|Photos||Video & Audio||Blogs||Statistics||Archive||Fantasy||Mobile|
November 6, 2013
India fastbowler Mohammed Shami picked up four wickets on his Test debut at Eden Gardens, but the fact that he bowled three of his victims with sharp reverse-swing did not surprise his childhood coach. Badruddin Siddique said Shami had been developing and honing the art from the time he played Under-16 age-group cricket.
"Shami had the ability to get reverse swing since he was 16 years old," Siddique told PTI. "He has practiced a lot to perfect the reverse delivery that comes into the right hander. He has done that a number of times in Ranji Trophy also.
"During junior-level tournaments in and around Moradabad, Shami would always request organisers to give him the old red balls used in the tournament. I would then watch him regularly polish one side and keep the shine of those semi-new balls. If he didn't get anyone, then he would get hold of little boys to stand on one side of the wall and just try to get reverse with high-arm action."
Shami used that skill to wreck West Indies on the opening day of the Test series. After the umpires changed the ball in the 40th over, Shami got the replacement to reverse-swing sharply into the right-handers. He bowled Marlon Samuels and Denesh Ramdin in successive overs, hurrying the batsmen with skiddy pace, and ended the innings by breaching Sheldon Cottrell's defence to dismiss West Indies for 234.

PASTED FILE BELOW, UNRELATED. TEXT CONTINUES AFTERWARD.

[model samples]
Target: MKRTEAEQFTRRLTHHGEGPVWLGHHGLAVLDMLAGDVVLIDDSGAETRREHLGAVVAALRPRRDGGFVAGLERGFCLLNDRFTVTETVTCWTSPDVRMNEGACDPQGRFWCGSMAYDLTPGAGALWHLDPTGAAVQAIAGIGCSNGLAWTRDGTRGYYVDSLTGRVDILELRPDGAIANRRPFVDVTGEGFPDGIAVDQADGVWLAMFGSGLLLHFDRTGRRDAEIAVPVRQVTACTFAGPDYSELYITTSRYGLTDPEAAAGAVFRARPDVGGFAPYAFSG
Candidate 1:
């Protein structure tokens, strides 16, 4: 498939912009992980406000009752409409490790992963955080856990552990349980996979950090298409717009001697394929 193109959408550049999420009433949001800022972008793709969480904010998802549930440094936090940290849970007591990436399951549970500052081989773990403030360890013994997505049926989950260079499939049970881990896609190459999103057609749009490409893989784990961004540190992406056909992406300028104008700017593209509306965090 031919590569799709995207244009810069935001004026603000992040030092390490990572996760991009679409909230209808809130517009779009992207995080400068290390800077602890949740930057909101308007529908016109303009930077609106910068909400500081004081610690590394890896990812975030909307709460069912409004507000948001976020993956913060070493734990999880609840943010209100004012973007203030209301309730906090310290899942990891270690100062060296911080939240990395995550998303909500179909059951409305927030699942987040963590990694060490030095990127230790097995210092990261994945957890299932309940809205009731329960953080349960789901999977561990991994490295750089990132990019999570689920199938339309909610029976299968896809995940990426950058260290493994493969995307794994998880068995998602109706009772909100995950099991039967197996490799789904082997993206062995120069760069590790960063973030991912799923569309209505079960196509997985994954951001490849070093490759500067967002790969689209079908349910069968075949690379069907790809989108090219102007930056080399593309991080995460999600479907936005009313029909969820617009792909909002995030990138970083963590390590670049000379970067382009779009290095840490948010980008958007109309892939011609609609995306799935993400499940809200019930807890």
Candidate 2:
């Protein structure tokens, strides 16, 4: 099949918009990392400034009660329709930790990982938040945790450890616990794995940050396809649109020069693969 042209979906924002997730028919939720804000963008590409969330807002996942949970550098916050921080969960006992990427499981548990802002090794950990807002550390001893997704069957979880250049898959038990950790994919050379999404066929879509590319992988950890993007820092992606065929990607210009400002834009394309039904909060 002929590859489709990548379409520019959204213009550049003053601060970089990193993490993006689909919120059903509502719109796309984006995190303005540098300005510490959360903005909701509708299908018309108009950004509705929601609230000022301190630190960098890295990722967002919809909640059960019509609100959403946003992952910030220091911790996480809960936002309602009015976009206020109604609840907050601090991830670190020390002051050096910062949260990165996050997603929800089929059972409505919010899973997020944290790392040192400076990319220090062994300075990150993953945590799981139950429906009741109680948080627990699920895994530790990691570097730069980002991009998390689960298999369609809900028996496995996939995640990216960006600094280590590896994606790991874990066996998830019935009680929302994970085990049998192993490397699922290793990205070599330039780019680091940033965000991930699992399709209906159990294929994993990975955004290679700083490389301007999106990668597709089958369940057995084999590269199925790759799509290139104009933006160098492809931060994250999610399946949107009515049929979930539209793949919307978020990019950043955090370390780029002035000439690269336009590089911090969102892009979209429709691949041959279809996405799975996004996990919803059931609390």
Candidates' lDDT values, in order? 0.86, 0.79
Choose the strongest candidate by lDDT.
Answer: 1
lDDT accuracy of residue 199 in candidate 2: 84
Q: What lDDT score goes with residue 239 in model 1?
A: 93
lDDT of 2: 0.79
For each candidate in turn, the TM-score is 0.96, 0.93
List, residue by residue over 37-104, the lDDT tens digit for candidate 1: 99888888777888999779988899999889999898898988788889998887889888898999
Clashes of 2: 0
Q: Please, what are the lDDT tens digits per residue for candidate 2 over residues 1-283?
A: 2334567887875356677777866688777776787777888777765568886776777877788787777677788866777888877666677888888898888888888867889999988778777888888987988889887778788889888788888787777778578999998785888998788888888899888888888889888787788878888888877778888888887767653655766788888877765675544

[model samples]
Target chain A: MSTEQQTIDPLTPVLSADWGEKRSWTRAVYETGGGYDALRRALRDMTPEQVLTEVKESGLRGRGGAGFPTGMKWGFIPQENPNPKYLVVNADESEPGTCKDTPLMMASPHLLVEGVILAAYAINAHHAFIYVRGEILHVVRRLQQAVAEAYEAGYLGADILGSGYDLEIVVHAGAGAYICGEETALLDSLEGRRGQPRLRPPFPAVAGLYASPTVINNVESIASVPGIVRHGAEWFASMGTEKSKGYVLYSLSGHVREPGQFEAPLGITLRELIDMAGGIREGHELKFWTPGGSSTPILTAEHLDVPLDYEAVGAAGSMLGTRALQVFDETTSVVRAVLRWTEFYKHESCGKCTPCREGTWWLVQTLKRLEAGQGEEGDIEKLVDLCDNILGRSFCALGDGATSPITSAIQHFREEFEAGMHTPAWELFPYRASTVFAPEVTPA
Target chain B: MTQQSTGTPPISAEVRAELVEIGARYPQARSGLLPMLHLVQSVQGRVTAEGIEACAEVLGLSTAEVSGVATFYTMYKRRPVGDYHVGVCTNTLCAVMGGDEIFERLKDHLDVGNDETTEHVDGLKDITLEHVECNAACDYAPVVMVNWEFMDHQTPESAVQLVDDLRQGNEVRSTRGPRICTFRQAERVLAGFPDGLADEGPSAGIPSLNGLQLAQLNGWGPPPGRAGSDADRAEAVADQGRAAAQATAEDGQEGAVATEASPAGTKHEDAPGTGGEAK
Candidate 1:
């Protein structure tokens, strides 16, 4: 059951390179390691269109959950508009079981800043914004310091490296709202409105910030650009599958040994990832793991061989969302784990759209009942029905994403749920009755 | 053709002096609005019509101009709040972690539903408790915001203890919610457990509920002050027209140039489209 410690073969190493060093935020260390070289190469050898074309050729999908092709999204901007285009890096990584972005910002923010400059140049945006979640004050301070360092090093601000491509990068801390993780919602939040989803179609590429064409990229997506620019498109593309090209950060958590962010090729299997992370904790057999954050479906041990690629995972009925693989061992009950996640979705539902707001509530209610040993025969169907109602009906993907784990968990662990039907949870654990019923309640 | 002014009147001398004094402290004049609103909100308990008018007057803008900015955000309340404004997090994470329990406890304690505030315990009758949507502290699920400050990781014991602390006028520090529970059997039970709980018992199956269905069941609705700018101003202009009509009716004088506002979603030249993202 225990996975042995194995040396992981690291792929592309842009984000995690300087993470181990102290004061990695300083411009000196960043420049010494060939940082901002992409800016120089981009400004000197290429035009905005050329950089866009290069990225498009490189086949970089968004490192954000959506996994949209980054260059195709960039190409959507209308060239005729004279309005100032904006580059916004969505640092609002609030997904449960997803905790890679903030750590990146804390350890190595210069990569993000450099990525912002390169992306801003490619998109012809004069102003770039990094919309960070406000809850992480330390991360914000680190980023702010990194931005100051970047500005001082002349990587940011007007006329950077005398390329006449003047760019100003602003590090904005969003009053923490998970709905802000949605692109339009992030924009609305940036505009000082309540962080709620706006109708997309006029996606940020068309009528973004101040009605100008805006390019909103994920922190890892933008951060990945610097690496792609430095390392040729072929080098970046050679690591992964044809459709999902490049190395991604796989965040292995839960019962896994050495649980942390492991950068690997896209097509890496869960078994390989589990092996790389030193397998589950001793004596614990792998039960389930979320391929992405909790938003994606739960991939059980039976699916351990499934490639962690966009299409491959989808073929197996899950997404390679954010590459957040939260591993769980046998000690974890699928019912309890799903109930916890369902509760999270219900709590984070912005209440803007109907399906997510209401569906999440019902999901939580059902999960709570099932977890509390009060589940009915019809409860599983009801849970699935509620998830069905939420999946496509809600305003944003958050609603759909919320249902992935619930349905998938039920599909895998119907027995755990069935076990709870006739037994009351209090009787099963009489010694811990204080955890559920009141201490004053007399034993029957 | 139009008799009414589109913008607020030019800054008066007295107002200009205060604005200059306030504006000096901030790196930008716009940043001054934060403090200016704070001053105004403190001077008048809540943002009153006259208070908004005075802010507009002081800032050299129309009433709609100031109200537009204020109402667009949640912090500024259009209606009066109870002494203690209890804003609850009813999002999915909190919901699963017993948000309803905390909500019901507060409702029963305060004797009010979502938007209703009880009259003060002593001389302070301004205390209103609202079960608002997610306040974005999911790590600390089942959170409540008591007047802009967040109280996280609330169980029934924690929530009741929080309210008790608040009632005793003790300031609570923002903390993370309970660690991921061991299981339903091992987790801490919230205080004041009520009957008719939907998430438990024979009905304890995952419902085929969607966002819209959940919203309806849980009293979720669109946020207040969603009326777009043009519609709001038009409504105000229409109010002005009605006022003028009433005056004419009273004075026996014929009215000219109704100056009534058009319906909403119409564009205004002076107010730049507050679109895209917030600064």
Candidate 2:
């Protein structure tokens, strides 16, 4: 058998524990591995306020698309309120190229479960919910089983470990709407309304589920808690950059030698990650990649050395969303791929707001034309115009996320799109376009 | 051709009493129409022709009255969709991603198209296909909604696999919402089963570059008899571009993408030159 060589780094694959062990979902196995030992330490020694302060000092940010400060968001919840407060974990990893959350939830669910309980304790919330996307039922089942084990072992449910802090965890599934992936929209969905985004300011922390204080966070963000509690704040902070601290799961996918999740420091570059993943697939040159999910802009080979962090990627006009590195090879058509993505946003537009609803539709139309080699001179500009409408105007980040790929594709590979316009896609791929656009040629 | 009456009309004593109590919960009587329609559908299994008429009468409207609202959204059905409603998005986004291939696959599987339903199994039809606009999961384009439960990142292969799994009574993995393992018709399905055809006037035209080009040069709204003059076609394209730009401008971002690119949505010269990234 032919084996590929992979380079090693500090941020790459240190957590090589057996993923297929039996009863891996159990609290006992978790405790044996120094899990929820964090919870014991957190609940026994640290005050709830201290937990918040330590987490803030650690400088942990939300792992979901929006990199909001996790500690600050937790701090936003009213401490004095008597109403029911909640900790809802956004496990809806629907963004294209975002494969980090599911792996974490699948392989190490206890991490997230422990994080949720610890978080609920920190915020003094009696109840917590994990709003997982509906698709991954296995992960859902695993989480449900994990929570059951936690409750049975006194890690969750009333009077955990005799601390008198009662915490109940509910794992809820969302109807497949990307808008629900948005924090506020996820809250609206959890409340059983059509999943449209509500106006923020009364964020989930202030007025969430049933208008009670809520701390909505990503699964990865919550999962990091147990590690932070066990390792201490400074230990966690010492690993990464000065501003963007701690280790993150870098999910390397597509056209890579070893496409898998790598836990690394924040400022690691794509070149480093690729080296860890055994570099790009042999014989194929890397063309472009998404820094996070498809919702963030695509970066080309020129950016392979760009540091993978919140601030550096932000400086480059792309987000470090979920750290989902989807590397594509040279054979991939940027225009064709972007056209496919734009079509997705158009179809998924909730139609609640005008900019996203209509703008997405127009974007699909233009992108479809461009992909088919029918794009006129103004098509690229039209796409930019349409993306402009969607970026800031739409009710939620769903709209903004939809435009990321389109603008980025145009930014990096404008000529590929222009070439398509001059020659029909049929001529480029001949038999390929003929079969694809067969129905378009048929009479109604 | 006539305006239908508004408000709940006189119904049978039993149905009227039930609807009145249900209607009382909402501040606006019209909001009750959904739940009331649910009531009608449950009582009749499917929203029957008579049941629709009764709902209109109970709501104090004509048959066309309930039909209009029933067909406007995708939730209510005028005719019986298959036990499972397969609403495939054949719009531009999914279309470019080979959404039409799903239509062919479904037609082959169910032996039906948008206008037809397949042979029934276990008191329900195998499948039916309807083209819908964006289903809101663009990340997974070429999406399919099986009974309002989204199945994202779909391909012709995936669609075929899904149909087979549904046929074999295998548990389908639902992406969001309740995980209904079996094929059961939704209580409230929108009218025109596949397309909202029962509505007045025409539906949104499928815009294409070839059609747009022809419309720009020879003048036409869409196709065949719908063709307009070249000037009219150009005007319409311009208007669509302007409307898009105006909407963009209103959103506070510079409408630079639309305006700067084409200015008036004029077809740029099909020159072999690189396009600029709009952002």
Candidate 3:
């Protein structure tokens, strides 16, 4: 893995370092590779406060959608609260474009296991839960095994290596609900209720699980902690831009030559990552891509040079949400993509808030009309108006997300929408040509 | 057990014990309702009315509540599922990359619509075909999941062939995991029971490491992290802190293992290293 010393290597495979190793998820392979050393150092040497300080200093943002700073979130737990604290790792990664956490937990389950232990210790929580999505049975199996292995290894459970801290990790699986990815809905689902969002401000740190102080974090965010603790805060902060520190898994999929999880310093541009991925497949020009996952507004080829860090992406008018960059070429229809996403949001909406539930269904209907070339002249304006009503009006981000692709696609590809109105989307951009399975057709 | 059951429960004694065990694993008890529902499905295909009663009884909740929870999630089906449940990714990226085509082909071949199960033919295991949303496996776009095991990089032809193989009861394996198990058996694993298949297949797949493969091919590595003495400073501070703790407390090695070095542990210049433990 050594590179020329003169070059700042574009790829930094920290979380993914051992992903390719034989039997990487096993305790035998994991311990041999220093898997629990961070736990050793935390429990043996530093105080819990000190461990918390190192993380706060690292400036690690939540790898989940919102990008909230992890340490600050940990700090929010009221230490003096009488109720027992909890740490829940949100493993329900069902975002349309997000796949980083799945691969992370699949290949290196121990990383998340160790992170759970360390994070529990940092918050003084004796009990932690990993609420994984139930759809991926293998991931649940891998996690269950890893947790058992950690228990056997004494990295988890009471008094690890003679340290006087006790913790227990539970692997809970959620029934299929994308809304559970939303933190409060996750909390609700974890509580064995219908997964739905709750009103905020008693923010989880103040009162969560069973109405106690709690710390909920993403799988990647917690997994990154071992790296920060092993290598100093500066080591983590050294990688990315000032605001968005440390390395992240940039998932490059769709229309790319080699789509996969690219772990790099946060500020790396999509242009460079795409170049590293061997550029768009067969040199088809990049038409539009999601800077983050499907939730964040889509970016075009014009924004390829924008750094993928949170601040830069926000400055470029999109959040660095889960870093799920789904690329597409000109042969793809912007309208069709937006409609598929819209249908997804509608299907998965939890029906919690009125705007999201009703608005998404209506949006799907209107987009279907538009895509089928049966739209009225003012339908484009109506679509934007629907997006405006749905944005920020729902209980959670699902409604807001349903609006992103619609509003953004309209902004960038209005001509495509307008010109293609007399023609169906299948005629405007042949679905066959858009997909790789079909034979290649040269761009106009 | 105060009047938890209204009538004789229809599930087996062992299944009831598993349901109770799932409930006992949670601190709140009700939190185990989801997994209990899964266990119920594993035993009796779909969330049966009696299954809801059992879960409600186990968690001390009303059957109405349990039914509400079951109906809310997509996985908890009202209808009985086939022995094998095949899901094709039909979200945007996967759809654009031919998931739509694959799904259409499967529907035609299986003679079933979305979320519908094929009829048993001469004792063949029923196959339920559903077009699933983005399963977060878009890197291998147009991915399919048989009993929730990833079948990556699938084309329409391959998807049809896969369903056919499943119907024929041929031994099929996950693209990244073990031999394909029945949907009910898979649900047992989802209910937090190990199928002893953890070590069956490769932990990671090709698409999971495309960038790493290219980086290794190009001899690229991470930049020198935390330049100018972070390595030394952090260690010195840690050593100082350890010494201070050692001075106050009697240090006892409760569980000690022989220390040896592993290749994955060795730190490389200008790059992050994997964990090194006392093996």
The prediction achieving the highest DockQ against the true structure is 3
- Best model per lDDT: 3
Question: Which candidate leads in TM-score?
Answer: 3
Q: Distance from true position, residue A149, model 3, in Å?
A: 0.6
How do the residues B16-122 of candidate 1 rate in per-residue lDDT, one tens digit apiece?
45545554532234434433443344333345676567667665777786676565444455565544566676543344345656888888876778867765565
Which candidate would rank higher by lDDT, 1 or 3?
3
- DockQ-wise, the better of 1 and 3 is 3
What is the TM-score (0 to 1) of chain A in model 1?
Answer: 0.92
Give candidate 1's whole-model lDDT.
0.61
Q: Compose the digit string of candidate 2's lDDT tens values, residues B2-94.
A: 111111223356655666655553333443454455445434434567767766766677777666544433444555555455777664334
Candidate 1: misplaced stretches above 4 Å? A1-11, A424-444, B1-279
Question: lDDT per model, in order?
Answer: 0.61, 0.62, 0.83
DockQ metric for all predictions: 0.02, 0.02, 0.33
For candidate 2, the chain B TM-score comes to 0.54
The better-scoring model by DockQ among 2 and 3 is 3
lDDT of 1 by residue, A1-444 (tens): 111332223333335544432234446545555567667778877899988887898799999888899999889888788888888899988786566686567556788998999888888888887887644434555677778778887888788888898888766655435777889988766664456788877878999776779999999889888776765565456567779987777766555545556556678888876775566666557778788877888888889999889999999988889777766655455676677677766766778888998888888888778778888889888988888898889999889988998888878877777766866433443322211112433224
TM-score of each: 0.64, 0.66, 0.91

"Eden Gardens is a ground that Shami knows like the back of his hand," Siddique said. "You need to know what length to hit on a particular strip and when it's Eden, Shami knows it better than a lot of others."
Having made his ODI debut in January this year, Shami was impressive in the three matches he played in the recently concluded one-dayers against Australia, taking seven wickets. Badruddin said he was confident that Shami would succeed in international cricket, and in the Test area in particular.
"Look at his first-class record. He has got almost four wickets per match (71 first-class wickets in 18 games). He works up international standard pace and with that he can swing the ball both ways. He has a good bouncer and you will see him bowling the delivery that reverses away in near future. The only thing he needs to develop is a potent slower delivery. Some people get better at the higher level and it holds true in case of Shami."
© ESPN Sports Media Ltd.
|Comments have now been closed for this article
Enlightenment and order take a walk when he delivers the rare performance that brings the country together like nothing else can
Graeme Smith was South Africa's youngest captain, a brash boy who wasn't afraid of older men, and he grew up under the harsh glare of international captaincy. He succeeded
Also, most consecutive ODIs, 40-year-old Test players, five-fors in tandem, and most wins by an Asian
Viv Richards' over-the-top celebrations and a commentary row blighted the fourth Test of 1990 in Bridgetown
Dirk Nannes likes messing about in the snow, can't speak Japanese or Dutch, and once saw Brad Hodge throw a shoe to delay a game
Like Asif Mujtaba before him, Fawad Alam brings to Pakistan a much-needed eye for detail and alertness to opportunity
He has been in awesome form against Bangladesh lately, but a stiffer challenge awaits later this year
Graeme Smith was the last of South Africa's old guard. The roots of the new one need to grow deeper